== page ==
Conflict is a process of change, if you believe in the process view of conflict. Changes can’t happen unless internal conflicts lead to an external conflict that changes parties.

However, if you search Google, what parties really believe about conflict shines through:

  • How do I get out of my marriage?
  • How do I get away with it?
  • What is the best way to get a divorce?
  • How do I cheat?
  • How do I get away from my wife?
  • How do I get away from my husband?
  • What does divorce do to children?
  • How do I get my boss fired?
  • How do I avoid getting fired by my boss?
  • How do I get a different job?

Our Google searches reveal our inner truths. They reveal our inner desires to avoid, delay, surrender, or negate the uncomfortable process that lead to changes that inevitably must happen in our lives if they are to improve for the better. A better we can neither understand, nor see, in the present of our short-term fears.

Our Google searches reveal that, for many of us, the answer to the question “What is conflict?” is “A negative thing that makes me uncomfortable and that needs to be avoided—or made to go away—at all costs.”

Our Google searches reveal that our resistance to change is strong, our comfort with conflict is deep, and our view of the conflict, the process of getting through it, and the changes on the other side of it, are deeply negative.

Which is why, if you’re a conflict resolution practitioner, your work is cut out for you. But not in getting parties to resolution.

Your work—your deep emotional labor—lies in doing the digging to persuade and convince well-meaning parties in conflict (and those yet to be in conflict) to chip away at the cruft surrounding their preconceived notions, revealed through Google searches, of conflict as a negative.

As a conflict practitioner, this is your process of change.

What do your Google searches reveal about how you view conflict?

[H/T] Justin R. Corbett

[Strategy] Managing Muscular Development

Here’s a simple calculation:

Managing yourself + managing other people = a full time job.


Don’t let people fool you. There’s plenty of full-time work out there. But there’s no pay. And the cost for failing at it is high.

We underestimate the power of disputes (as a part of the conflict process) to go viral, through the stories that we tell other people about the conflicts we are embroiled in.

Conflict engagement requires that we understand our own inner lives, and move from being selfish (inwardly focused) to being self-aware (knowing what’s going on with us internally, without becoming overwhelmed and focused on it). This is the core of the first part of the equation.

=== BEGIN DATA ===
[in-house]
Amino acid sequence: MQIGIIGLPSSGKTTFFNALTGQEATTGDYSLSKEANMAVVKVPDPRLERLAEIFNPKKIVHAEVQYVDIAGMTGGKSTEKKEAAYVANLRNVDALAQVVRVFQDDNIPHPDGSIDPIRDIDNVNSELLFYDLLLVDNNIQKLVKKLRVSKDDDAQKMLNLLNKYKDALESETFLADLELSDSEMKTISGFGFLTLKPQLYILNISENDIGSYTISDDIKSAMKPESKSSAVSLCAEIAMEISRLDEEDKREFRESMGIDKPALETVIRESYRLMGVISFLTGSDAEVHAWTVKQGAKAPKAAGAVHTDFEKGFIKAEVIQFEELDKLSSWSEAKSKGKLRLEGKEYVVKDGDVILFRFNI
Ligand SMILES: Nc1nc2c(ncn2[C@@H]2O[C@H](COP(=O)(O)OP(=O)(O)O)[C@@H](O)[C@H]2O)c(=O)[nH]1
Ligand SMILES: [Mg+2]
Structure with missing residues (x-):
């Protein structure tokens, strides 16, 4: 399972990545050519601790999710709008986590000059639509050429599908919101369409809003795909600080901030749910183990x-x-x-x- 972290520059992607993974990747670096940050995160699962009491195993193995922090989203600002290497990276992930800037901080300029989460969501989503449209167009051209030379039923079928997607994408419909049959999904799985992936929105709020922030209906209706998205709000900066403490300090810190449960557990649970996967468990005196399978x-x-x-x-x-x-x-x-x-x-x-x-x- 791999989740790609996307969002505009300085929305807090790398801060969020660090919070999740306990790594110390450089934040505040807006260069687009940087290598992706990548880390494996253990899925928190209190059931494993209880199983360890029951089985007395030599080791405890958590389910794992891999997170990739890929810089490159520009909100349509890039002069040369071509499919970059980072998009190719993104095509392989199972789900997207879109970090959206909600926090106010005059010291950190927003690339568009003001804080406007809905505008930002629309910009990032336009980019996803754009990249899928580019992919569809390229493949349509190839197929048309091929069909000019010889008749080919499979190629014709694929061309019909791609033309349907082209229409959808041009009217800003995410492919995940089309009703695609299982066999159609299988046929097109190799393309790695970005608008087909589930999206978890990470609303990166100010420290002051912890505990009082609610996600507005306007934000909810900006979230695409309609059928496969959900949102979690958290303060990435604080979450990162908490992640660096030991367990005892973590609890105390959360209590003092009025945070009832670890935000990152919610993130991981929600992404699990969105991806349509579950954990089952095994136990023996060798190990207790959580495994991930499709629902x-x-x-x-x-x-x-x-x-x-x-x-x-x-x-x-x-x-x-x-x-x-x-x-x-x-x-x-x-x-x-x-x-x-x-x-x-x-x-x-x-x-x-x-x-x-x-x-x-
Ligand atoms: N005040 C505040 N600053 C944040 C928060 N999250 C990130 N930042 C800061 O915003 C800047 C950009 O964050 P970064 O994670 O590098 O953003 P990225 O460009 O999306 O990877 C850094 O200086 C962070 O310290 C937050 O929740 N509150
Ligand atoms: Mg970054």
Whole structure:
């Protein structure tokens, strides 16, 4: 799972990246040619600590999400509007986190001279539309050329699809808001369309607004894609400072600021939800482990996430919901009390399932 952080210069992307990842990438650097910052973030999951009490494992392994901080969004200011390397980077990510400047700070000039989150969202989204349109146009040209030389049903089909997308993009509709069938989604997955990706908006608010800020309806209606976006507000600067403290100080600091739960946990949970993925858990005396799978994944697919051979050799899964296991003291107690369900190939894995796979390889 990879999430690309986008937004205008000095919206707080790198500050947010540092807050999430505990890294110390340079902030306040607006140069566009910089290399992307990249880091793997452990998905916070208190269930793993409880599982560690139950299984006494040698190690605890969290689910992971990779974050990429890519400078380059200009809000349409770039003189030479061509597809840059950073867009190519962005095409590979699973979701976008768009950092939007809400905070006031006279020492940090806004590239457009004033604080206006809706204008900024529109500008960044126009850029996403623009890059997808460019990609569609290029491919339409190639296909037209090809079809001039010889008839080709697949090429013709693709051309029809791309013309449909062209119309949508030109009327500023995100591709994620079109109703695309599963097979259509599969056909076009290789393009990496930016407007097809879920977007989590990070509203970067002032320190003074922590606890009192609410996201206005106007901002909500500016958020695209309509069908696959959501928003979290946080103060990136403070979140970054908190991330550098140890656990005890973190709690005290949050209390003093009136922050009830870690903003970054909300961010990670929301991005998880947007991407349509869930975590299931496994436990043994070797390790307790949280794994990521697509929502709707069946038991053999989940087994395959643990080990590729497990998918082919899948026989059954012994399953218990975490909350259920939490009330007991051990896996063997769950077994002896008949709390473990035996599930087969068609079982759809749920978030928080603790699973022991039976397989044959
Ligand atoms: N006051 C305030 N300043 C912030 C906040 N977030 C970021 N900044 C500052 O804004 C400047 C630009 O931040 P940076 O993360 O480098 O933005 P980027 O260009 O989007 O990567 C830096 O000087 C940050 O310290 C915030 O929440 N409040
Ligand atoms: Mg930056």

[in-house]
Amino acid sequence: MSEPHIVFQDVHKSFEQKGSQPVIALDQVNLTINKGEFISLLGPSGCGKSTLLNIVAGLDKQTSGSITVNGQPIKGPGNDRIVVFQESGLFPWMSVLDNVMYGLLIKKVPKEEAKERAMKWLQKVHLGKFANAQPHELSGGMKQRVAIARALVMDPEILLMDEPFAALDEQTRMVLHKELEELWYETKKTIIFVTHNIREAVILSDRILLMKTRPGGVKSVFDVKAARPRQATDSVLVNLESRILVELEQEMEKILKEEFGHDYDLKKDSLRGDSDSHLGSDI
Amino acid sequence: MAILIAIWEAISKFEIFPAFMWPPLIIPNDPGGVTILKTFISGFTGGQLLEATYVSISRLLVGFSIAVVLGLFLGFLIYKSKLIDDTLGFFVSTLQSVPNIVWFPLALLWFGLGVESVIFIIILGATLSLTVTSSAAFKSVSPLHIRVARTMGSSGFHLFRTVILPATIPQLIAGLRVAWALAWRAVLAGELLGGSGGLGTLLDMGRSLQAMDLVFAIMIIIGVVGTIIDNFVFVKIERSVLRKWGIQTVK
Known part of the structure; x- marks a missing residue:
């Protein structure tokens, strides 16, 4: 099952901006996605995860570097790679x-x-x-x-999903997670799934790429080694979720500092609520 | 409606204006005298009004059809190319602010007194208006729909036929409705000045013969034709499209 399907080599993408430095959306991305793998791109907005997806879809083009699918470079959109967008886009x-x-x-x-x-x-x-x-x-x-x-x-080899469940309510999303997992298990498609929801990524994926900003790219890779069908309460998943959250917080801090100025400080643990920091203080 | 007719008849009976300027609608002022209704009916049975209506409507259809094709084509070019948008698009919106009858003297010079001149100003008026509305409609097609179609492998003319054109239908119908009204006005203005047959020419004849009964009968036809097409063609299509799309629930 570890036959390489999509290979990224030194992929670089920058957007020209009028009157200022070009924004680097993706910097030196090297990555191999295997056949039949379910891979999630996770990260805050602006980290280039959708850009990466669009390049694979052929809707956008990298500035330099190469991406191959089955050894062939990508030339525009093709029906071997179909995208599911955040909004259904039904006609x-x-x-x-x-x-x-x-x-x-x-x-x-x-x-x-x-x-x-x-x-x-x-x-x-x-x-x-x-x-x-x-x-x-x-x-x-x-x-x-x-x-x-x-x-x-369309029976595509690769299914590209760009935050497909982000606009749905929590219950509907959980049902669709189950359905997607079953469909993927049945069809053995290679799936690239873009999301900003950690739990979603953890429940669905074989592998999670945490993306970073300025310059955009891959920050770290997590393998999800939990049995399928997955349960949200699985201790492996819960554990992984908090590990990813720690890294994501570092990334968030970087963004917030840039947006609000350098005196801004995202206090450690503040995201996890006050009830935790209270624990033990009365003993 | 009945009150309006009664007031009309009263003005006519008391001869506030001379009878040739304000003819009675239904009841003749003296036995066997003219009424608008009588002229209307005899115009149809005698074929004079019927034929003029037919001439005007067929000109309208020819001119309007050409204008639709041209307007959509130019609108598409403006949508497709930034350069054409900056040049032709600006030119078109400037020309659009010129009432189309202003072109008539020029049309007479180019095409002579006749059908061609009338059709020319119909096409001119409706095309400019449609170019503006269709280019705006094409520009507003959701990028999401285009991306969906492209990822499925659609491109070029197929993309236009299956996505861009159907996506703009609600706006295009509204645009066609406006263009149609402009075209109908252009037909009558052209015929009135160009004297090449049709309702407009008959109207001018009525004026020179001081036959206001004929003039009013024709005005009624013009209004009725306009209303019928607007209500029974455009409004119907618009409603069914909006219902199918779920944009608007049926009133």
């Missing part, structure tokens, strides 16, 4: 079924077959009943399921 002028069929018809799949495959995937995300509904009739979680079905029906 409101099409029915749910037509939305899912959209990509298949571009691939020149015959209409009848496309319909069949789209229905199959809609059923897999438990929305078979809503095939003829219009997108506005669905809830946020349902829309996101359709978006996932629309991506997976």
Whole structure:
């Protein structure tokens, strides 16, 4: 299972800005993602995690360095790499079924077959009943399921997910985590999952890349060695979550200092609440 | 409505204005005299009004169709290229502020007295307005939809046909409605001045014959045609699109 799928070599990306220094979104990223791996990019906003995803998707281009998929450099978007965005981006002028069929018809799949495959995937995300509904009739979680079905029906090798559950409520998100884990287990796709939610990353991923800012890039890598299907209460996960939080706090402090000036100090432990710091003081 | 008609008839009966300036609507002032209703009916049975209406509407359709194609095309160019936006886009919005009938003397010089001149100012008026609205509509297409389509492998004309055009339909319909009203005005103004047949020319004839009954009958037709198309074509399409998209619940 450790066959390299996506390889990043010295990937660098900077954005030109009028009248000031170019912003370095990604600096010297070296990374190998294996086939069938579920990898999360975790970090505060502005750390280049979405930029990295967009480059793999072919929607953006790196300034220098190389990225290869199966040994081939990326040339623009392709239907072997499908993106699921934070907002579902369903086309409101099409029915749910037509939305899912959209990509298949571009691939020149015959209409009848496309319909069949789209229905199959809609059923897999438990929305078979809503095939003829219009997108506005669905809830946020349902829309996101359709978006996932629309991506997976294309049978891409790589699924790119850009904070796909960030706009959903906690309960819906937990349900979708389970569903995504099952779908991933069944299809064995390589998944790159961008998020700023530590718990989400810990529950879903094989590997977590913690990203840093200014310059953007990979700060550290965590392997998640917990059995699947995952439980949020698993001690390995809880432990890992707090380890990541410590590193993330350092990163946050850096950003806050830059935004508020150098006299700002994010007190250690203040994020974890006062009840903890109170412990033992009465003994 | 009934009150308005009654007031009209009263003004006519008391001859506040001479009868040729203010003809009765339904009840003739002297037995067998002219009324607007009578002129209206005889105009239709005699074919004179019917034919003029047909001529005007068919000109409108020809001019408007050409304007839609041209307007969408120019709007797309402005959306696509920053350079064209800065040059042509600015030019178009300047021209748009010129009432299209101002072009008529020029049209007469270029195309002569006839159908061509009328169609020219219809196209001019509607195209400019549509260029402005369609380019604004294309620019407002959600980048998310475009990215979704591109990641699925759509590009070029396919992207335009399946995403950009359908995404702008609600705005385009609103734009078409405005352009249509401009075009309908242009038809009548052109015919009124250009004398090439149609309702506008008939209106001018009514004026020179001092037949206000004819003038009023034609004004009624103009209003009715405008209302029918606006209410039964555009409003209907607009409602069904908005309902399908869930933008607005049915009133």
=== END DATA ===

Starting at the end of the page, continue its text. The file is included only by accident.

Conflict management requires that we understand (or at least acknowledge) the presence of emotions and the depth of their impact, on other people in with whom we are in dispute. This is the core of the second part of the equation.

Conflict as a full time job is requires us to recognize that conflict sometimes serves the other person and their motives, sometimes it serves us and our motives, and sometimes it serves nobody at all. Conflict will never go away, and sometimes the management of the process requires us to be tuned in (almost to have a sixth sense) about how power, story and emotions wind around issues of advocacy, policy and process.

There’s plenty of full time work out here. But too many people would rather defer the hard work of figuring out the parts of the above equation today, in the hope that tomorrow will just be a slightly better version of the past they just left.

This is neither engagement, nor management. It is mere avoidance.

And mere avoidance atrophies our emotional muscles as surely as a lack of exercise atrophies the physical muscles.

-Peace Be With You All-

Jesan Sorrells, MA
Principal Conflict Engagement Consultant
Human Services Consulting and Training (HSCT)
Email HSCT: jsorrells@hsconsultingandtrainining.com
Facebook: https://www.facebook.com/HSConsultingandTraining
Twitter: www.twitter.com/Sorrells79
LinkedIn: www.linkedin.com/in/jesansorrells/

[Strategy] Integrative Change

The systems undergirding our lives, our families, our communities and our organizations, governments and businesses are based on distributive mindsets, philosophies, behaviors and approaches to conflict.

Integrative Change Quote

Distribution grows from the foundation of perceived scarcity of resources, competition, a “winner-take-all” mentality, and limited outcomes around things that matter.

But sometimes, even inside of these systems, and working inside distributive rules, individuals attempt to remake the world to reflect a different reality and to attain different outcomes.

Individuals attempt to be collaborative and build relationships based on integrative bargaining strategies, collaborative teambuilding and a philosophy that the ends and the means must match.

On rare occasions, individuals scale up those relationships into organizations.  Then, the distributive systems embedded in economics, social policy and the law, co-opt their best practices, their language and their approach to develop a “brand image” while losing and abrogating the heart of those individual interactions.